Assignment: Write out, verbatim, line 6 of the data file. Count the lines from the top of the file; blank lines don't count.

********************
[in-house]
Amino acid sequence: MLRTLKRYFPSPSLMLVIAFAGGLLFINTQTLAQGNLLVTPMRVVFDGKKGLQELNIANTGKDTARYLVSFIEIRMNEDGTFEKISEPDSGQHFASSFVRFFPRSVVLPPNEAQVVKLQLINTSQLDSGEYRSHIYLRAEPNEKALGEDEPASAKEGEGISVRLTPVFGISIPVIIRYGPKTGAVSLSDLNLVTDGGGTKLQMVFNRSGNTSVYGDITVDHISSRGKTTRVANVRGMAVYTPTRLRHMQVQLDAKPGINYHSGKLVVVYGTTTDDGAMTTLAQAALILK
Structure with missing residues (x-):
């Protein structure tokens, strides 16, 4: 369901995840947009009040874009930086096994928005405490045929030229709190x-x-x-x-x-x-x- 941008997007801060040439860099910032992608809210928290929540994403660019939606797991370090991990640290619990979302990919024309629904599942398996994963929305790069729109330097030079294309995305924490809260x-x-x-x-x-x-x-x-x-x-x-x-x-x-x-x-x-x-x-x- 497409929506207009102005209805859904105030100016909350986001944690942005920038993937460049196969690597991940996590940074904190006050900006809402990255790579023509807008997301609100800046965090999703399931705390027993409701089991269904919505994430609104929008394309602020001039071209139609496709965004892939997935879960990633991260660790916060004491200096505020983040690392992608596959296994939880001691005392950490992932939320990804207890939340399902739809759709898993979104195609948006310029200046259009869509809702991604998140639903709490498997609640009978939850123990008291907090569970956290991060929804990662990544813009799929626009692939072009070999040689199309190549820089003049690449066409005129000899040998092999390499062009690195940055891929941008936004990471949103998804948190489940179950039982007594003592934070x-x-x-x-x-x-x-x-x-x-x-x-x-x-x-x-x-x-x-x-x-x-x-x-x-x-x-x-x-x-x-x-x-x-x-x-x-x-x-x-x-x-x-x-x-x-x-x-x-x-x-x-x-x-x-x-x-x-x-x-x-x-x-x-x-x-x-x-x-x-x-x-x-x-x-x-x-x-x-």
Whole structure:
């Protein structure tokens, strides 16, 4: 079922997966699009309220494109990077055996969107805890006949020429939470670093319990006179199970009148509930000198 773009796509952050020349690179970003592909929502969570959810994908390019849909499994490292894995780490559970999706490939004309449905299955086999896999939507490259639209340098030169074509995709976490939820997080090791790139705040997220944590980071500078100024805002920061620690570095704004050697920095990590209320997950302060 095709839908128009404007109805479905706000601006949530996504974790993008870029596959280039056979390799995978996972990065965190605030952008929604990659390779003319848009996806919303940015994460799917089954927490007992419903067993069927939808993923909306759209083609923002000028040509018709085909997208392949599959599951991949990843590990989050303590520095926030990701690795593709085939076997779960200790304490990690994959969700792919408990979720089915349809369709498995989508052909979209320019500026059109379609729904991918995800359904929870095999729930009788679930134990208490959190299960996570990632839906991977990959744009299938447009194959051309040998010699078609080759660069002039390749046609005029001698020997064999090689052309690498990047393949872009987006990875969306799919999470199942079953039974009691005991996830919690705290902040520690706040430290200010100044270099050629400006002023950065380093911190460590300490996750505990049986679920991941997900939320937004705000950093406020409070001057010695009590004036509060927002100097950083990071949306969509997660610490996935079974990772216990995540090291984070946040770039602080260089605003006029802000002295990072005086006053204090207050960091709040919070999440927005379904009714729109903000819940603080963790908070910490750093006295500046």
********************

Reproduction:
């Protein structure tokens, strides 16, 4: 079922997966699009309220494109990077055996969107805890006949020429939470670093319990006179199970009148509930000198 773009796509952050020349690179970003592909929502969570959810994908390019849909499994490292894995780490559970999706490939004309449905299955086999896999939507490259639209340098030169074509995709976490939820997080090791790139705040997220944590980071500078100024805002920061620690570095704004050697920095990590209320997950302060 095709839908128009404007109805479905706000601006949530996504974790993008870029596959280039056979390799995978996972990065965190605030952008929604990659390779003319848009996806919303940015994460799917089954927490007992419903067993069927939808993923909306759209083609923002000028040509018709085909997208392949599959599951991949990843590990989050303590520095926030990701690795593709085939076997779960200790304490990690994959969700792919408990979720089915349809369709498995989508052909979209320019500026059109379609729904991918995800359904929870095999729930009788679930134990208490959190299960996570990632839906991977990959744009299938447009194959051309040998010699078609080759660069002039390749046609005029001698020997064999090689052309690498990047393949872009987006990875969306799919999470199942079953039974009691005991996830919690705290902040520690706040430290200010100044270099050629400006002023950065380093911190460590300490996750505990049986679920991941997900939320937004705000950093406020409070001057010695009590004036509060927002100097950083990071949306969509997660610490996935079974990772216990995540090291984070946040770039602080260089605003006029802000002295990072005086006053204090207050960091709040919070999440927005379904009714729109903000819940603080963790908070910490750093006295500046």